August 21, 2023 | 18:15 GMT+7

Oxford Economics: Hospitality to benefit from higher spending on premium goods

Linh Tong -

A recent Oxford Economics report puts travel and tourism spending in Vietnam at 36 per cent higher in 2025 than in 2019, driven to some degree by the trend towards ‘Premiumization’.

A major new trend driving sales and the recovery of Vietnam’s hospitality sector is the “Premiumization” of the customer experience, the International Wine and Spirits in ASEAN report, recently released by global economic forecasting specialist Oxford Economics, revealed.

“Premiumization”, the report notes, describes the broad trend of consumers “trading up” in their consumption choices and purchasing more premium products. This trend is demonstrated in data that shows the average price per liter of alcohol consumed globally has risen since before the pandemic. From 2019 to 2021, the value of global wine sales increased 5 per cent, while volumes shrank 2 per cent. The value of global spirits sales increased 15 per cent, compared to volume growth of only 3 per cent.

According to Mr. Liam Cordingley, the report’s author, wine and spirits are an important element of tourism and hospitality services. During the Covid-19 pandemic, sales of premium wines and spirits in Vietnam remained stable, while sales of affordable brands saw a decline. This indirectly shows that tourists are increasingly interested in high-end products and want to have a luxurious and classy experience in their journey.

In Vietnam, 55 per cent of all wine and spirits sales value in 2021 came from products in the “premium-and-above” price bands (i.e., over VND549,000, or $23, per 70cl bottle of spirits and over VND400,000, or $16.80, per 75cl bottle of wine). This is a significant uplift from its position in 2017, when “premium-and-above” products accounted for only 46 per cent of sales value. Imported products account for almost the entire market, but in recent years a small segment of premium Vietnamese gin has begun to gain a minor market share. This demonstrates how the “Premiumization” trend is not exclusive to imported products but can also be a revenue generating opportunity for domestic producers looking to capitalize on these trends. Sales of premium-and-above international wines and spirits (IWS) are expected to grow around Vietnam in the years ahead, due to a combination of the recovery of tourism and hospitality and the rising spending power among domestic consumers.

IWS producers are clearly serving local demand for premium consumption, but they are also playing a role in facilitating the broader local economic impact that “Premiumization” brings, the report noted. Premium wines and spirits form part of a menu of premium goods and services that are increasingly demanded by resident consumers and international tourists. If these demands can be catered for, sales of IWS and other premium products can unlock spending across a wider range of activities, which leads to local economic benefits, including new local business opportunities and high value jobs, and higher profit margins and tax receipts in the hospitality and retail industry.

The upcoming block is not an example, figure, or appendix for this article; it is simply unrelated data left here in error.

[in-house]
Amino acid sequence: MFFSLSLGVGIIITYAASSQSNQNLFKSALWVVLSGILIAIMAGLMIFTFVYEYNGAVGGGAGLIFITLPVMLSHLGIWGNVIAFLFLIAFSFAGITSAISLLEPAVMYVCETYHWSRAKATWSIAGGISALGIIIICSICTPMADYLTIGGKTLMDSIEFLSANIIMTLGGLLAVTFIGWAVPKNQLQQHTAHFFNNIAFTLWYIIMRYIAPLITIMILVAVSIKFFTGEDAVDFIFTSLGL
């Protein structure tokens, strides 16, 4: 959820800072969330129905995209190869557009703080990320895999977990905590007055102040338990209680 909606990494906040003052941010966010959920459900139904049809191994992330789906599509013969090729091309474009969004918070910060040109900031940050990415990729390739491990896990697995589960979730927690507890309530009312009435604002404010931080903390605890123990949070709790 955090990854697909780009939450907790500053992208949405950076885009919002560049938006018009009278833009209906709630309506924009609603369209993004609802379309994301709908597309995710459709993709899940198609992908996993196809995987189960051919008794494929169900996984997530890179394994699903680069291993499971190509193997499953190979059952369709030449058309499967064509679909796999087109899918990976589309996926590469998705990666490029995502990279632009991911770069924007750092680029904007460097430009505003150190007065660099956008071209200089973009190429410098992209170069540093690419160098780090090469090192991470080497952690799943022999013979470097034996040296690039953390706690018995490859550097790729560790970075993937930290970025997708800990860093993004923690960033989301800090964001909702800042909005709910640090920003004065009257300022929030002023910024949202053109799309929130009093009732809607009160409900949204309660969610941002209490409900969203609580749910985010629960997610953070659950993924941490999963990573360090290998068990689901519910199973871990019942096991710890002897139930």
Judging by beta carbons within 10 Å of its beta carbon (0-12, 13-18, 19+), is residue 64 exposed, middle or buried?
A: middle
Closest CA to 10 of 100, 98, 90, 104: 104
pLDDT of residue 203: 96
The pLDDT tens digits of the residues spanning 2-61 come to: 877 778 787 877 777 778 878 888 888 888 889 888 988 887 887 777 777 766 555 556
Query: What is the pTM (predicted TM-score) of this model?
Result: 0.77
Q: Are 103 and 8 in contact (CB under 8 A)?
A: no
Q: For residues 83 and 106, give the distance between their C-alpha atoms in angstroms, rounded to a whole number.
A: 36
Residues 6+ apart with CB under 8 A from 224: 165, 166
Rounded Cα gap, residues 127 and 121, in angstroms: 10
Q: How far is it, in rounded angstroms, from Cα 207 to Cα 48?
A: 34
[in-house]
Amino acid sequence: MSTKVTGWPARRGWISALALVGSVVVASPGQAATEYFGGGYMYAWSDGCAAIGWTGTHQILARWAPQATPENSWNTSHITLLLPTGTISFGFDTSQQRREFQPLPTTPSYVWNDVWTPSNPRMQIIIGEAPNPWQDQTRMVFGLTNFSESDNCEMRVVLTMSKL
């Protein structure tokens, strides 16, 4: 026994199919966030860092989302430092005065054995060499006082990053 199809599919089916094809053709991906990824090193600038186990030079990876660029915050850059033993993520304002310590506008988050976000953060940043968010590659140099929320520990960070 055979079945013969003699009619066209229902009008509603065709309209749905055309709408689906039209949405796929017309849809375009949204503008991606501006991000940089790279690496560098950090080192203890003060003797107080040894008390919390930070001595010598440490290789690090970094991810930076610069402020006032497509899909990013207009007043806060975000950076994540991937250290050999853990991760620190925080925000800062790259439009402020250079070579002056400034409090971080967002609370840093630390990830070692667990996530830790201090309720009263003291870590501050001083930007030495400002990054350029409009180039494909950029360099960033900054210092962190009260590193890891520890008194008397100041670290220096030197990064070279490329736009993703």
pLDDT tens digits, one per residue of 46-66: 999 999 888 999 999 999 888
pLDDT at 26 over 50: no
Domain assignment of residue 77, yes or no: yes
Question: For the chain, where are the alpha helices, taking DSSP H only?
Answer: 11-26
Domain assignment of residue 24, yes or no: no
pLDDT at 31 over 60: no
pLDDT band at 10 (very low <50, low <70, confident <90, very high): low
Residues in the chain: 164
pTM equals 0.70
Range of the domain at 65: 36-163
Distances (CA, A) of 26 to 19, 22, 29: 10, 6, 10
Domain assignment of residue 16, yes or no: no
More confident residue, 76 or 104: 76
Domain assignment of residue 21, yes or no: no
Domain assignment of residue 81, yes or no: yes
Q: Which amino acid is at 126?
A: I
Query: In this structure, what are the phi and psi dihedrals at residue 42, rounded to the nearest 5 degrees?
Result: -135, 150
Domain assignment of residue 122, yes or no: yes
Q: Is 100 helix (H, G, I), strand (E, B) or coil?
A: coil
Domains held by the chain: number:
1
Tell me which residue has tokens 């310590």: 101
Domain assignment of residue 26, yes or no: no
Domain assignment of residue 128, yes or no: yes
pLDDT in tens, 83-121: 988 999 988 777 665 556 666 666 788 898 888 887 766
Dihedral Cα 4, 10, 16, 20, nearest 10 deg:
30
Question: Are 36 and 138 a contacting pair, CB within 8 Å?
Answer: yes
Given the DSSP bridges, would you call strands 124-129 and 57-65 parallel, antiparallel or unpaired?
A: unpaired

Looking forward, tourism and its recovery will play a very important role in Vietnam’s economic prosperity in the years to come. Forecasts by Tourism Economics, a specialist subsidiary of Oxford Economics, suggest that travel and tourism spending by 2025 will be 36 per cent higher than in 2019 in Vietnam. A recent American Express Global Travel Trends Report suggested international tourists are likely to spend more on travel in the immediate post-Covid-19 years than they did previously, after being denied the option of overseas trips for so long.

As painful as it was, the pandemic has inadvertently served as an opportunity for Southeast Asian governments to take stock and recalibrate their economic strategies, according to the report. Policymakers in Vietnam are positioning themselves to attract higher-spending visitors, who will contribute more to the local economy per visit than the traditional mass-tourism crowd. In particular, the Vietnamese Government is increasingly looking to promote “high quality tourism” with a focus on high added value services such as five-star hotels and food and beverage and retail outlets, to attract a greater share of long-haul, high-spending tourists from Europe, the US, and Australia.

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